Becoming your own dog’s Whisperer

I often here the phrase “dog whisperer”. What does that really mean? Usually people refer to someone as a “dog whisperer” or “horse whisperer” because that person seems to have a special way with connecting to animals.  But is this some inborn trait or is it something that can be learned? Personally I believe it not only can be learned but must be learned.  It is important to understand our dogs’ perception of the world, to understand how to relate to them and how they learn, so we may be their teachers and friends. We need to have confidence in our deep bond with our own dogs and in their desire to be our best friend.

During the 10,000 or more years of our dogs as our working partners, companions and friends, dominance struggles  between dogs and humans have not played a role.  Working partnerships and mutual respect have forged this unique relationship over the centuries. These partnerships have been built between individuals and their dogs.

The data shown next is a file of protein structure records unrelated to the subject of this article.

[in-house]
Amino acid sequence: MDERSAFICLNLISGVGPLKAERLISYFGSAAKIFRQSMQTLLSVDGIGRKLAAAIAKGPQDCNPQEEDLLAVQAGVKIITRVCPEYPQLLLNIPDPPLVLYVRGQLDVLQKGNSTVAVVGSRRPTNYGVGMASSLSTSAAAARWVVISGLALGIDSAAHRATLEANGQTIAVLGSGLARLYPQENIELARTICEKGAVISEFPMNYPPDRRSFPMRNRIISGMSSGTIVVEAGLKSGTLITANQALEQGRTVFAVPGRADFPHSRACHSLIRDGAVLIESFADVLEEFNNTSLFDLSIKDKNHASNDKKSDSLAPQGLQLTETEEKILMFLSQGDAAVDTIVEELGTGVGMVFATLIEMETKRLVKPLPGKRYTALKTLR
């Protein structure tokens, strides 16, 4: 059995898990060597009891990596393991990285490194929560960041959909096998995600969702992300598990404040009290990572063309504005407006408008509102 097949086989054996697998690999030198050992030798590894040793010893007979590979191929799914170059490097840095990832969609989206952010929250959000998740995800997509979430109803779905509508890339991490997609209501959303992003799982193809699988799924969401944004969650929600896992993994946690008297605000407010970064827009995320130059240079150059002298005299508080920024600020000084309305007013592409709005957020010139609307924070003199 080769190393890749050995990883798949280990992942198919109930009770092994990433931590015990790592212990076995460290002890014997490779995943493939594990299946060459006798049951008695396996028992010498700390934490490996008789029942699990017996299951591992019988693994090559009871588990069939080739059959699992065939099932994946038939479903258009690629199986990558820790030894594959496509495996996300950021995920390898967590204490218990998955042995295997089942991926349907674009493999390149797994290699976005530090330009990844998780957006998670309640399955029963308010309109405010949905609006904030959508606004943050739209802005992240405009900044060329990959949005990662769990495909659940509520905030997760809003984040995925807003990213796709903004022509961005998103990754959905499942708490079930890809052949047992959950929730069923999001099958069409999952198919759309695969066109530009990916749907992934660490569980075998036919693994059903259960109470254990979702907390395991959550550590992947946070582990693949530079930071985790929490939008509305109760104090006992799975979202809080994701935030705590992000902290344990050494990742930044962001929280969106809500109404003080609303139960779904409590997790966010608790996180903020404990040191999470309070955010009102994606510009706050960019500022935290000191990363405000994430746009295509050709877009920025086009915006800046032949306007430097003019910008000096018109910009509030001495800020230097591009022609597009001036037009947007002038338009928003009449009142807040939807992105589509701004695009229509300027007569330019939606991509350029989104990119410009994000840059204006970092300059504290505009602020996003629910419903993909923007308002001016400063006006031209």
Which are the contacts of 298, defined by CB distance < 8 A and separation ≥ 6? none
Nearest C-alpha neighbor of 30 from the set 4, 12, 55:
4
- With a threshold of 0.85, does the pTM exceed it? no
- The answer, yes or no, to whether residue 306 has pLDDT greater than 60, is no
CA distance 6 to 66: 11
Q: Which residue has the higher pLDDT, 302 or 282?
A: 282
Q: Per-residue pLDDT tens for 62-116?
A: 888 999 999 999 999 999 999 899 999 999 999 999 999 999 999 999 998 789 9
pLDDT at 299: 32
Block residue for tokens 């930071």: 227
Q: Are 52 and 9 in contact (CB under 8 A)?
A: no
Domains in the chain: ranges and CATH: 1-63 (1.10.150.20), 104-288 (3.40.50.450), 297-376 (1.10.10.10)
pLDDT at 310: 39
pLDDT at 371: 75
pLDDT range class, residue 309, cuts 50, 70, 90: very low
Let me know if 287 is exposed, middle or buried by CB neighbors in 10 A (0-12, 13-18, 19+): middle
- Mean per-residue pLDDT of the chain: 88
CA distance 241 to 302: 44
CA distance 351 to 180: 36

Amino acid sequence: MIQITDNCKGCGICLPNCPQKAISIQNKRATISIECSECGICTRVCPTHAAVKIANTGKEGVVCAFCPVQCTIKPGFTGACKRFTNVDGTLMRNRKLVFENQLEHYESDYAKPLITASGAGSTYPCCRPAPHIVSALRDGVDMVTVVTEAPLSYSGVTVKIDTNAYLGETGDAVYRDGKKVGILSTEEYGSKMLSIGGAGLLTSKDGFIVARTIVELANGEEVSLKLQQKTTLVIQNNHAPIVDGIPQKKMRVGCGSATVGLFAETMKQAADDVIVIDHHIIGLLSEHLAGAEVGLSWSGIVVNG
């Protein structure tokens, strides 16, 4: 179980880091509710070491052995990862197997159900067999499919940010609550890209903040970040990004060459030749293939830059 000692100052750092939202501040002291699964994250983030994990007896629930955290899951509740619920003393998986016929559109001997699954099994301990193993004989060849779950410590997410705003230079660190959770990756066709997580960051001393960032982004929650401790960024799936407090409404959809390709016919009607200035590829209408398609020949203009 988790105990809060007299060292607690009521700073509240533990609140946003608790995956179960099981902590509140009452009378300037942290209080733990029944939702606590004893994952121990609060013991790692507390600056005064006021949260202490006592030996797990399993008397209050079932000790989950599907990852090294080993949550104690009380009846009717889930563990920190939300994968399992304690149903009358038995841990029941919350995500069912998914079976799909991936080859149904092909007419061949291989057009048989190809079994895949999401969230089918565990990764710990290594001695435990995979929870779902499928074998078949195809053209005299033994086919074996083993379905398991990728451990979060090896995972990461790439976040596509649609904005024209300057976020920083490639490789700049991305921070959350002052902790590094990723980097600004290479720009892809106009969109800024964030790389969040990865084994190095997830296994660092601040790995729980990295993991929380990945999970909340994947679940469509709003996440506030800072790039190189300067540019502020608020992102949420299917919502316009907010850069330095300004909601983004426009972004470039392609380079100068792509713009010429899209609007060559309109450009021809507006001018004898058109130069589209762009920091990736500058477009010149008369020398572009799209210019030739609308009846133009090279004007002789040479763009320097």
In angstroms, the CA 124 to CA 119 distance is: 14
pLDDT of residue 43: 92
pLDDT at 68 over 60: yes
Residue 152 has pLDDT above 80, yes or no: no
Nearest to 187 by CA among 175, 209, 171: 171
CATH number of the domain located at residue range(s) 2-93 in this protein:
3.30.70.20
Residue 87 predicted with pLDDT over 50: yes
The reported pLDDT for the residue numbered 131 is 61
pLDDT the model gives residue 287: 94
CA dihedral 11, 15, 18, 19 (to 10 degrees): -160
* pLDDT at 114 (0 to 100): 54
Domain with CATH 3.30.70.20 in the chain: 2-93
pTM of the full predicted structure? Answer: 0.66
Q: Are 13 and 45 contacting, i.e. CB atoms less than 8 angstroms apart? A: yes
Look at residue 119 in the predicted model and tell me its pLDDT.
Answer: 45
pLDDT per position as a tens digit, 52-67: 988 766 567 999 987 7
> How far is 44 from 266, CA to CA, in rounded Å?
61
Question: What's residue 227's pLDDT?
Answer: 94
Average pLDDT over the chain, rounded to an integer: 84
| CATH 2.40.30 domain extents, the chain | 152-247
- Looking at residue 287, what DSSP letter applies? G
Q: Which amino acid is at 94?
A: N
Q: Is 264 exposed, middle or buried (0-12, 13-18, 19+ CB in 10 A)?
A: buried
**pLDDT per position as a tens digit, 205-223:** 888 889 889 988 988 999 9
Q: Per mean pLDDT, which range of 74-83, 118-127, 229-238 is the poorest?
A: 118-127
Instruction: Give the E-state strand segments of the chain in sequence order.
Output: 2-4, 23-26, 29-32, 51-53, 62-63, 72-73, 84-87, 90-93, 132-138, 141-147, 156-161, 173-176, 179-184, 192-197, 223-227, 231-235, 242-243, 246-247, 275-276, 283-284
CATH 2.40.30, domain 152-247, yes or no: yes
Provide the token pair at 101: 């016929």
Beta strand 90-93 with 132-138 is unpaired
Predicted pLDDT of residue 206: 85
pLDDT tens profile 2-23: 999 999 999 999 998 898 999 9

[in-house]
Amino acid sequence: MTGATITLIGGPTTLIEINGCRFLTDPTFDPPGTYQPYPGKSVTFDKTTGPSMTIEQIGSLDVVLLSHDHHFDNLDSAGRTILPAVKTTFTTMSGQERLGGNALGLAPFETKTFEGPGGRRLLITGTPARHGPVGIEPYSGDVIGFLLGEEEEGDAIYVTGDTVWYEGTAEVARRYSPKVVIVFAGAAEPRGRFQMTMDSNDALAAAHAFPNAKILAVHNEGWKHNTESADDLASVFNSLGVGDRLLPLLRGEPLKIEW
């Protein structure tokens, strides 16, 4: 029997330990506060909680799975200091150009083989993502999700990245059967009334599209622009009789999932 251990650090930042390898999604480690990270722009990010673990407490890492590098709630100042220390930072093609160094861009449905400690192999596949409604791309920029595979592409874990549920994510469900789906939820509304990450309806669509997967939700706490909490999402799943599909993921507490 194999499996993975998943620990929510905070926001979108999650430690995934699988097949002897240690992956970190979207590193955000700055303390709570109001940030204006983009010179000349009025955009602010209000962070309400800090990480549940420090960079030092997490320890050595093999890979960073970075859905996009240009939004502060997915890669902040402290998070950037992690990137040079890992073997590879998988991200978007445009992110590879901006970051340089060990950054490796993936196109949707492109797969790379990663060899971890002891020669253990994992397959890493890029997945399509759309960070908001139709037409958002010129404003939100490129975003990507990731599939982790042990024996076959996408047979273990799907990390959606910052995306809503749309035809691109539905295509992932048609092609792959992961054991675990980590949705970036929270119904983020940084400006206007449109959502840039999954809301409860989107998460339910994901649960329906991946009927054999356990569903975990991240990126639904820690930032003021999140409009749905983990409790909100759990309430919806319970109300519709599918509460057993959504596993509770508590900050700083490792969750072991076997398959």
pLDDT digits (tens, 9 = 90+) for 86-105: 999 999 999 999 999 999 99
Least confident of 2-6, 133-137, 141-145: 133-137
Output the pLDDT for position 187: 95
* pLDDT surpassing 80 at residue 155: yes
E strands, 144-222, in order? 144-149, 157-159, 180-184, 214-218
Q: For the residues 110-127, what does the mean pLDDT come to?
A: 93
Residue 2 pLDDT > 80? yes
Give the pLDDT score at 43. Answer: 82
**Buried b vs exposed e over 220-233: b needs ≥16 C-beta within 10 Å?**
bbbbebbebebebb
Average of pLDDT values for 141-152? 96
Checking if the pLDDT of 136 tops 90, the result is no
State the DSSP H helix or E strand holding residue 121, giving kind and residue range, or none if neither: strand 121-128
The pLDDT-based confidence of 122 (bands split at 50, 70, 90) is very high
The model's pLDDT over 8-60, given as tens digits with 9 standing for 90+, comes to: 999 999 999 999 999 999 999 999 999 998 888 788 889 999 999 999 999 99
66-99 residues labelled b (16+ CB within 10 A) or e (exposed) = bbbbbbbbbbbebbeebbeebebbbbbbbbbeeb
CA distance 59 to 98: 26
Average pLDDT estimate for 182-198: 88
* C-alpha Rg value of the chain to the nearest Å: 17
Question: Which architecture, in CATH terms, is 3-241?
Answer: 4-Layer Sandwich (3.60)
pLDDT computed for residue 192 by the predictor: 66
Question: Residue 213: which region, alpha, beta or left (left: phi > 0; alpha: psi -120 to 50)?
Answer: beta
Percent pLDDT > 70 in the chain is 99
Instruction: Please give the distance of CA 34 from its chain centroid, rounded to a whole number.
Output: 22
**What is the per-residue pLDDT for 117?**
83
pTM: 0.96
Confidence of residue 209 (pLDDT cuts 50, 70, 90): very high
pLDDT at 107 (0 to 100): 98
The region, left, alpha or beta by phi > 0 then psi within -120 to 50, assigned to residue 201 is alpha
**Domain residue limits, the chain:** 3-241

So what are the qualities of a “whisperer”? First would be someone who is quiet, calm relaxed and happy around dogs.  It is someone who accepts a dog for who he/she is with an open mind. This doesn’t mean a dog gets to do anything it wants to, but you do always need to start with understanding a dog’s basic personality traits. Are they naturally reserved or outgoing? Sensitive or carefree? Protective? Loyal?  A one person dog or a dog who loves everyone? Speed demon or couch potato (or both?). Needs space or loves a crowd? What are things that this dog loves? What motivates them?

Other  “whisperer” qualities would be someone who takes the time to observe dogs and how they are relating to their surroundings.  Is the dog relaxed and confident?  Or wary, anxious, or defensive?  Is the dog showing normal instincts such as chasing, digging, barking, smelling, exploring? Are these behaviors appropriate to the environment the dog is in? Do any of these behaviors put the dog in an unsafe situation (ie, chasing cars), or cause annoyances (barking dogs with neighbors?) What are things in the dog’s surrounding physical and social environment that could be causing their behavior? What are past experiences a dog has had that may be causing the current behavior?  What are biological causes (instincts or health related issues)?